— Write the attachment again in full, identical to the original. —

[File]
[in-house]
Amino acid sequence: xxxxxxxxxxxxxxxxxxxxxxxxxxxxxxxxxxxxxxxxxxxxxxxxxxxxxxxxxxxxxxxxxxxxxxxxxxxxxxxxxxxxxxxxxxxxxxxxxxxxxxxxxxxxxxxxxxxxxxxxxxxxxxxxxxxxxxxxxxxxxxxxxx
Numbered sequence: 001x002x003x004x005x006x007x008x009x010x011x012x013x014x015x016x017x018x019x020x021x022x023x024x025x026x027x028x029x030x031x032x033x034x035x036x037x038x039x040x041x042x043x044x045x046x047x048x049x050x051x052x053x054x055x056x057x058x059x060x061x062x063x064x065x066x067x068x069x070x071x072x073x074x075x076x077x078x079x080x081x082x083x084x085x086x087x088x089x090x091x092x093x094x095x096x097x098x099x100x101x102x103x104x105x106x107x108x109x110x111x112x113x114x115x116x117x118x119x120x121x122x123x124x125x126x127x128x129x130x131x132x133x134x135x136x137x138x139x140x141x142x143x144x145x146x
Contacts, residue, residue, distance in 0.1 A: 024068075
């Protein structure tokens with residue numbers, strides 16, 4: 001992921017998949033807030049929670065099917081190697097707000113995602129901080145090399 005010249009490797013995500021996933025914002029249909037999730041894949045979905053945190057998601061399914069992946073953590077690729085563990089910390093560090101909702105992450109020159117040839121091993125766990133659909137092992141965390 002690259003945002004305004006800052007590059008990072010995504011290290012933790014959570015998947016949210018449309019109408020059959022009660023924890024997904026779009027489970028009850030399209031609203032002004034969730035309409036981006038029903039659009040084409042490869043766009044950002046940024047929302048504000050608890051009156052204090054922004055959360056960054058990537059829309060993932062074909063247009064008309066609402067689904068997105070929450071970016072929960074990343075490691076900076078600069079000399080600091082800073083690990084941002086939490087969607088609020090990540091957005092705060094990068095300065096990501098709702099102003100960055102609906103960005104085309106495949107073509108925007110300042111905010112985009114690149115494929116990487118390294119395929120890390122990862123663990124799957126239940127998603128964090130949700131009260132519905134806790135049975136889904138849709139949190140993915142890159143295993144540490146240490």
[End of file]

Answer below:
[in-house]
Amino acid sequence: xxxxxxxxxxxxxxxxxxxxxxxxxxxxxxxxxxxxxxxxxxxxxxxxxxxxxxxxxxxxxxxxxxxxxxxxxxxxxxxxxxxxxxxxxxxxxxxxxxxxxxxxxxxxxxxxxxxxxxxxxxxxxxxxxxxxxxxxxxxxxxxxxx
Numbered sequence: 001x002x003x004x005x006x007x008x009x010x011x012x013x014x015x016x017x018x019x020x021x022x023x024x025x026x027x028x029x030x031x032x033x034x035x036x037x038x039x040x041x042x043x044x045x046x047x048x049x050x051x052x053x054x055x056x057x058x059x060x061x062x063x064x065x066x067x068x069x070x071x072x073x074x075x076x077x078x079x080x081x082x083x084x085x086x087x088x089x090x091x092x093x094x095x096x097x098x099x100x101x102x103x104x105x106x107x108x109x110x111x112x113x114x115x116x117x118x119x120x121x122x123x124x125x126x127x128x129x130x131x132x133x134x135x136x137x138x139x140x141x142x143x144x145x146x
Contacts, residue, residue, distance in 0.1 A: 024068075
């Protein structure tokens with residue numbers, strides 16, 4: 001992921017998949033807030049929670065099917081190697097707000113995602129901080145090399 005010249009490797013995500021996933025914002029249909037999730041894949045979905053945190057998601061399914069992946073953590077690729085563990089910390093560090101909702105992450109020159117040839121091993125766990133659909137092992141965390 002690259003945002004305004006800052007590059008990072010995504011290290012933790014959570015998947016949210018449309019109408020059959022009660023924890024997904026779009027489970028009850030399209031609203032002004034969730035309409036981006038029903039659009040084409042490869043766009044950002046940024047929302048504000050608890051009156052204090054922004055959360056960054058990537059829309060993932062074909063247009064008309066609402067689904068997105070929450071970016072929960074990343075490691076900076078600069079000399080600091082800073083690990084941002086939490087969607088609020090990540091957005092705060094990068095300065096990501098709702099102003100960055102609906103960005104085309106495949107073509108925007110300042111905010112985009114690149115494929116990487118390294119395929120890390122990862123663990124799957126239940127998603128964090130949700131009260132519905134806790135049975136889904138849709139949190140993915142890159143295993144540490146240490």